St. Augustine, Florida, Record, May 20, 2018: UF study: Termites can weaken trees before hurricanes

Nobody likes a termite. Except for mongooses. And bats. And other predators. But termites aren’t loved in Florida. The Asian subterranean termite, though, as made a home for itself in the southeast part of the state by way of human maritime operations. And they’re taking down and killing trees, according to a study done by a University of Florida assistant professor. Thomas Chouvenc, an assistant professor of urban entomology, with former UF student Jeremiah Foley published in the journal Florida Entomologist that the Asian subterranean termite, originally from India, can hollow out oak trees and stress pine trees from the outside. The hollowed oak trees then become at risk for falling during hurricanes. During Hurricane Irma last year, Chouvenc said, some trees that had fallen had been eaten from the inside by these termites. Slash pine trees have a hard, sappy core, Chouvenc said, so it’s hard for termites to get into. Instead, the research found, the termites stay along the outer ring of the tree, in dead bark, and eat around the tree, girdling and eventually killing it. The termite, the article states, has the potential to “irreversibly alter the urban forest composition…”

San Francisco, California, Chronicle, May 17, 2018: Please Don’t Plant That There! 8 Epic Mistakes People Make With Trees and Shrubs

Have a home with a yard? Then you might be pining to plant something to make it lush. Only problem is, many homeowners are at sea in big-box garden centers, selecting species that just won’t thrive—or even survive—in their yards. To the rescue, we’ve asked some green thumb experts for the biggest mistakes people make planting (and caring for) trees and shrubs. Read up on these bloopers to avoid before you dig in! Swaying palm trees channel a vacation vibe, and you’ll see them everywhere in Los Angeles, Florida, and other warm-weather areas, but here’s a little secret: They aren’t native to these areas—and can even be dangerous if you plant them near your home. “I wish homeowners would not plant this tree,” laments Cassy Aoyagi, president of FormLA Landscaping. Many palms, particularly the Washington fan variety, are highly flammable, so when brush fires pass nearby, they can bake these plants from down below and cause them to burst and rain fiery embers underneath…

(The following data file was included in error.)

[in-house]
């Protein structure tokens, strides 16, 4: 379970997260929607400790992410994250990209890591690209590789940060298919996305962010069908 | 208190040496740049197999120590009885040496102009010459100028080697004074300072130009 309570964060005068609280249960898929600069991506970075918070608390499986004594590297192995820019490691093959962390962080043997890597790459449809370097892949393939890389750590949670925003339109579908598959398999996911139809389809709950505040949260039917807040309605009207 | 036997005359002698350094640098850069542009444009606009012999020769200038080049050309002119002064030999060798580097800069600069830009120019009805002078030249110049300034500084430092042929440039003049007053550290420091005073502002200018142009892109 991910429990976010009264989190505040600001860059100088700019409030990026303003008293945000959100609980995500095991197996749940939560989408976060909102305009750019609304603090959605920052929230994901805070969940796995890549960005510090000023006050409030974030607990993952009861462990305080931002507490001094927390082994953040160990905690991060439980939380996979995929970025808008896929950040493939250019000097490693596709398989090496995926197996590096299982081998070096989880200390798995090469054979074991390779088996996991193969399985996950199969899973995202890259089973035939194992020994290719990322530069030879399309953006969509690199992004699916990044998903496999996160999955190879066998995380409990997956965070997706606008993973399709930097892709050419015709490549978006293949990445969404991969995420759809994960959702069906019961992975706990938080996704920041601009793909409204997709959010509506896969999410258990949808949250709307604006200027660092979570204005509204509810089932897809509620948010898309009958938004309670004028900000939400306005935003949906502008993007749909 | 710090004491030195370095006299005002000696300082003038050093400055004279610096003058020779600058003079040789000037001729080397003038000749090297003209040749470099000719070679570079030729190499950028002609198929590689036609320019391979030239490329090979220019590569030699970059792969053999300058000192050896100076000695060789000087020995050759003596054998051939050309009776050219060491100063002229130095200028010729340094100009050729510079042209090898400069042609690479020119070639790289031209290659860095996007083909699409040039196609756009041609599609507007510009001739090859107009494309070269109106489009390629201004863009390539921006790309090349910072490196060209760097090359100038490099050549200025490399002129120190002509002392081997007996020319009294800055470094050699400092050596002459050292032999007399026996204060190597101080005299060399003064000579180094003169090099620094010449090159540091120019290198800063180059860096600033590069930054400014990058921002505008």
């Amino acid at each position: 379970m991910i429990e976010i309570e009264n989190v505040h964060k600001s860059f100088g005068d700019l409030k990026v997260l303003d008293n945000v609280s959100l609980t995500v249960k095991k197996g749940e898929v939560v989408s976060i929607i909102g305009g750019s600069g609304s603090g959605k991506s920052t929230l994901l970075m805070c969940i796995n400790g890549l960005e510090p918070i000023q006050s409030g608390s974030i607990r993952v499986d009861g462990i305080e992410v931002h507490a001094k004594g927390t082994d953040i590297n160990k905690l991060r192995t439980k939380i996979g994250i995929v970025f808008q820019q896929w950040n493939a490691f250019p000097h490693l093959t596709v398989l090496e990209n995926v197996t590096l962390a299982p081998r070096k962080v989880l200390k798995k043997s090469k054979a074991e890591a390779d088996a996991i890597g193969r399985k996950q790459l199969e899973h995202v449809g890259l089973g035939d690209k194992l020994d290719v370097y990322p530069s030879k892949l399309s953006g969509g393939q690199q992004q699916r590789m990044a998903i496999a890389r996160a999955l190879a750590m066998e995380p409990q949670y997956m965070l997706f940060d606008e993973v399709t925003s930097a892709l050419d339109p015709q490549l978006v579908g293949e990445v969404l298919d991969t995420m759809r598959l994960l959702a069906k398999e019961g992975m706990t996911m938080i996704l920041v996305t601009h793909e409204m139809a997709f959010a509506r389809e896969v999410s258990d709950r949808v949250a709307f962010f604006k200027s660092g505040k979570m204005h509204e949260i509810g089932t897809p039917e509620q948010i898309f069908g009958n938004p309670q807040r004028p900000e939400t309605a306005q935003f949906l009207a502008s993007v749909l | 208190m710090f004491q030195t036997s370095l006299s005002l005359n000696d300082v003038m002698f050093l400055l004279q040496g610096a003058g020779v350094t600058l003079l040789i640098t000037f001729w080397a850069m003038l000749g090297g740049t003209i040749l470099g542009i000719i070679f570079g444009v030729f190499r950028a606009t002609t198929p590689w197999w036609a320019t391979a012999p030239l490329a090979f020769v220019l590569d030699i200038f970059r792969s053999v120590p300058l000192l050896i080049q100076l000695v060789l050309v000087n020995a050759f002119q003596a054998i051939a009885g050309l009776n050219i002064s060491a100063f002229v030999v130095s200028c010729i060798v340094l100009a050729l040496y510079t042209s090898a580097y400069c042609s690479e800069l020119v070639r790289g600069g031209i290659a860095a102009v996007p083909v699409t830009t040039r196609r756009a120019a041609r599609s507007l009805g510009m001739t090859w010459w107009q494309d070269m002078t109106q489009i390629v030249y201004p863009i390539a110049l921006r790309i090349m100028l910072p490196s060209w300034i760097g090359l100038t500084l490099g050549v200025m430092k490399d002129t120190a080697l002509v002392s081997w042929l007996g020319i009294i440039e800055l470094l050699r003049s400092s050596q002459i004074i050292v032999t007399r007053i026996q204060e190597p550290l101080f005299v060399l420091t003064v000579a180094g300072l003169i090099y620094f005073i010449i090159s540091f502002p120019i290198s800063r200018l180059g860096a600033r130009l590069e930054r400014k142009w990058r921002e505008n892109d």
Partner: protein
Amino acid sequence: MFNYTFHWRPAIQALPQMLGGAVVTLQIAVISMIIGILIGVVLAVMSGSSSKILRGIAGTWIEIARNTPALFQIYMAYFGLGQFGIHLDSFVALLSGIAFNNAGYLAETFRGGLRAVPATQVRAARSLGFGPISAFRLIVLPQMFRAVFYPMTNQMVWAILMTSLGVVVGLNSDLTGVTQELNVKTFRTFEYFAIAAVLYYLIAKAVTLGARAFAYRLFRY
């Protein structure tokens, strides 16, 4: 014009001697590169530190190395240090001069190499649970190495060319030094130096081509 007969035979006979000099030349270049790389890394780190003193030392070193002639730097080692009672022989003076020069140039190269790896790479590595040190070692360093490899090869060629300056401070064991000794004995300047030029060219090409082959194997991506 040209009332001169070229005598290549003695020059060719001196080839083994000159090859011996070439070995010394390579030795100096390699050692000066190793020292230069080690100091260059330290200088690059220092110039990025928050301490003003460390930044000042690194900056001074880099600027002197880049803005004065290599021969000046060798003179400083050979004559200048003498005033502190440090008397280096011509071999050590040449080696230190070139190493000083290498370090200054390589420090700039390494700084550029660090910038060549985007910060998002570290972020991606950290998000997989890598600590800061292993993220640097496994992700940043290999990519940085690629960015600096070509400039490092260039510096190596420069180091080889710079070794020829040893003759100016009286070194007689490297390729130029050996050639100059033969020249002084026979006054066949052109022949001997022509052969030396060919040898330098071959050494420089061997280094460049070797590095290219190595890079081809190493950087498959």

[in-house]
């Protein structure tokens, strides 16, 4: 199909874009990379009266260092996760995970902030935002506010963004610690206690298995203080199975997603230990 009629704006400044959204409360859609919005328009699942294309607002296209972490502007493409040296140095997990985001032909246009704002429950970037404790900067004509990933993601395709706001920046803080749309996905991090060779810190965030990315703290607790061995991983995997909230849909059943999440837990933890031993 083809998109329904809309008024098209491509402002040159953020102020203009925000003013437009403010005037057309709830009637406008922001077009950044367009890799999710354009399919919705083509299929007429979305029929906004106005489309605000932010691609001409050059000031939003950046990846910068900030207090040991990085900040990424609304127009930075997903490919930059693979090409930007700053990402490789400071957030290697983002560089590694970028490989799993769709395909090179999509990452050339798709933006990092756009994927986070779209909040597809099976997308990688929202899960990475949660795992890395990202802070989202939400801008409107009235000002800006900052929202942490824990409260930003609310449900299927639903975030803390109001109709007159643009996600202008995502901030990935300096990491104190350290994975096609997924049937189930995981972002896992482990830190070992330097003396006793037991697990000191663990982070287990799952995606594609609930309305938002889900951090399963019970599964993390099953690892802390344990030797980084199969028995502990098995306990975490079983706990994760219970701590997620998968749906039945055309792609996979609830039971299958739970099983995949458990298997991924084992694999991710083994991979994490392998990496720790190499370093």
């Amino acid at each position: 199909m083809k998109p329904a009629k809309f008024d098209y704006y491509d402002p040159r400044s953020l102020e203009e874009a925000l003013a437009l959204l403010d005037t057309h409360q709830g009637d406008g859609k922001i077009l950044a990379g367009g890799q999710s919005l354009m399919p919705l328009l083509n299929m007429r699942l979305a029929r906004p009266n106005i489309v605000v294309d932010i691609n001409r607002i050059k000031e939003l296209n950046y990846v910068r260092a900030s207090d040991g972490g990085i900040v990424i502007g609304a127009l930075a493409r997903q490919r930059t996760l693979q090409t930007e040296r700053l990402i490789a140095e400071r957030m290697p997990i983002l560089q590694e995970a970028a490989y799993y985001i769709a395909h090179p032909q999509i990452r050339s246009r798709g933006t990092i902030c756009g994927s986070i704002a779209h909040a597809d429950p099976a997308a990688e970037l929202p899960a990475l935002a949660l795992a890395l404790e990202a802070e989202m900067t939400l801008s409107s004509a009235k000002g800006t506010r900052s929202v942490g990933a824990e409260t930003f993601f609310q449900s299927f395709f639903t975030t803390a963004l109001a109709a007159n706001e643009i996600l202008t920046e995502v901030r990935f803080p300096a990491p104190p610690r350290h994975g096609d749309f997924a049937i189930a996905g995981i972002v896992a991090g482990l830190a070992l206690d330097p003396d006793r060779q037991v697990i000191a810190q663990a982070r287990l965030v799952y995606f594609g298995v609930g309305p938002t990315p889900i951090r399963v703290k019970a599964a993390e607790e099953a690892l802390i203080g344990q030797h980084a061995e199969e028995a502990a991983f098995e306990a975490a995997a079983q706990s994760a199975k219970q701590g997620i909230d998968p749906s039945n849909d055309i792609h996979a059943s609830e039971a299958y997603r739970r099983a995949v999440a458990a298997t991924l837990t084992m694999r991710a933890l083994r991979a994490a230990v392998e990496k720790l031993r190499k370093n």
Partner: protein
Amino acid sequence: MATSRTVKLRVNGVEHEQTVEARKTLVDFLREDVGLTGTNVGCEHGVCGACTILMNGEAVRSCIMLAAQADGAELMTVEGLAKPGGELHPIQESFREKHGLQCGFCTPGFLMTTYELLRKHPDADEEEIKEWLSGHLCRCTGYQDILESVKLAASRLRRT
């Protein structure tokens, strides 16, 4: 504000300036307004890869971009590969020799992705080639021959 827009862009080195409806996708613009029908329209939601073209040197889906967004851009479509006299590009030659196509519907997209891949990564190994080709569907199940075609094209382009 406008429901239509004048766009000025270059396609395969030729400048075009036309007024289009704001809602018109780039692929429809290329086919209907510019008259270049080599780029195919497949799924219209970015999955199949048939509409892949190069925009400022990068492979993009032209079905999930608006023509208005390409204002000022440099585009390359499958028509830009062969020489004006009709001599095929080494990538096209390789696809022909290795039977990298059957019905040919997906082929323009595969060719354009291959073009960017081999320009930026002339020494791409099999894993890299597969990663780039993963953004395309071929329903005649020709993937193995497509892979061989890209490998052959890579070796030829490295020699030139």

Los Angeles, California, Times, May 17, 2018: $700,000 for family of San Diego musician killed by falling tree

The parents of a San Diego musician who died after a giant tree fell on her car settled their lawsuit against the city for $700,000, officials confirmed Thursday. The tree, estimated to be 100 feet tall, 6 feet wide and more than 50 years old, fell across Ingraham Street near Fortuna Avenue during a powerful storm on Jan. 31, 2016. It crushed three parked vehicles and a passing car driven by Nicki Lyn Carano. She died before she could be taken to a hospital. Her parents,  filed a wrongful death lawsuit alleging city authorities had “actual and/or constructive knowledge” that there was a defect in the tree that caused their daughter’s death. They also claimed the city had a duty to inspect trees near the roadway for flaws and have a hazardous tree management plan in place. They contended the city failed in its duties to keep the area safe and warn the public of any hidden danger…

Westchester, New York, Journal News, May 17, 2018: When a tree falls, who’s responsible?